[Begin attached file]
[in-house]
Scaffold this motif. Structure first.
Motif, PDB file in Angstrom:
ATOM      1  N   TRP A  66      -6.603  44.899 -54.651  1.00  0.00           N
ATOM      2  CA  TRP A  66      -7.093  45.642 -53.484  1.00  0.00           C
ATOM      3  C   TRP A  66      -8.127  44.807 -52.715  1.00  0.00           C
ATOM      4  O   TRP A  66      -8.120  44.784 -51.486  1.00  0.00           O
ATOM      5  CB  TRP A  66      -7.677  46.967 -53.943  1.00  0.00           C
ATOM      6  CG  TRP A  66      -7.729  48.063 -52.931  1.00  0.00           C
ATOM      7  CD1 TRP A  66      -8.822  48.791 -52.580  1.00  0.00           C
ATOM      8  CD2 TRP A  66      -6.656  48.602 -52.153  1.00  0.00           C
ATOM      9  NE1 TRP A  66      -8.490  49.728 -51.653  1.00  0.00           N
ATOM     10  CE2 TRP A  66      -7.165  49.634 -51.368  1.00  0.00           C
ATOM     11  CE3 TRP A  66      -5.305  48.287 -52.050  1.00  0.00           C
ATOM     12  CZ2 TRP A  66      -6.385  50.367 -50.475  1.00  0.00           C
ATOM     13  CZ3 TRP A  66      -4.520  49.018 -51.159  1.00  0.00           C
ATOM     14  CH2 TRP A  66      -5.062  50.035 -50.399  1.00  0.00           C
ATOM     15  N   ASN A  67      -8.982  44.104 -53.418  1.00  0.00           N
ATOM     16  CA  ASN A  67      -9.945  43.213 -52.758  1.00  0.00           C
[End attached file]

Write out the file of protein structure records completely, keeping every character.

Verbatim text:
[in-house]
Scaffold this motif. Structure first.
Motif, PDB file in Angstrom:
ATOM      1  N   TRP A  66      -6.603  44.899 -54.651  1.00  0.00           N
ATOM      2  CA  TRP A  66      -7.093  45.642 -53.484  1.00  0.00           C
ATOM      3  C   TRP A  66      -8.127  44.807 -52.715  1.00  0.00           C
ATOM      4  O   TRP A  66      -8.120  44.784 -51.486  1.00  0.00           O
ATOM      5  CB  TRP A  66      -7.677  46.967 -53.943  1.00  0.00           C
ATOM      6  CG  TRP A  66      -7.729  48.063 -52.931  1.00  0.00           C
ATOM      7  CD1 TRP A  66      -8.822  48.791 -52.580  1.00  0.00           C
ATOM      8  CD2 TRP A  66      -6.656  48.602 -52.153  1.00  0.00           C
ATOM      9  NE1 TRP A  66      -8.490  49.728 -51.653  1.00  0.00           N
ATOM     10  CE2 TRP A  66      -7.165  49.634 -51.368  1.00  0.00           C
ATOM     11  CE3 TRP A  66      -5.305  48.287 -52.050  1.00  0.00           C
ATOM     12  CZ2 TRP A  66      -6.385  50.367 -50.475  1.00  0.00           C
ATOM     13  CZ3 TRP A  66      -4.520  49.018 -51.159  1.00  0.00           C
ATOM     14  CH2 TRP A  66      -5.062  50.035 -50.399  1.00  0.00           C
ATOM     15  N   ASN A  67      -8.982  44.104 -53.418  1.00  0.00           N
ATOM     16  CA  ASN A  67      -9.945  43.213 -52.758  1.00  0.00           C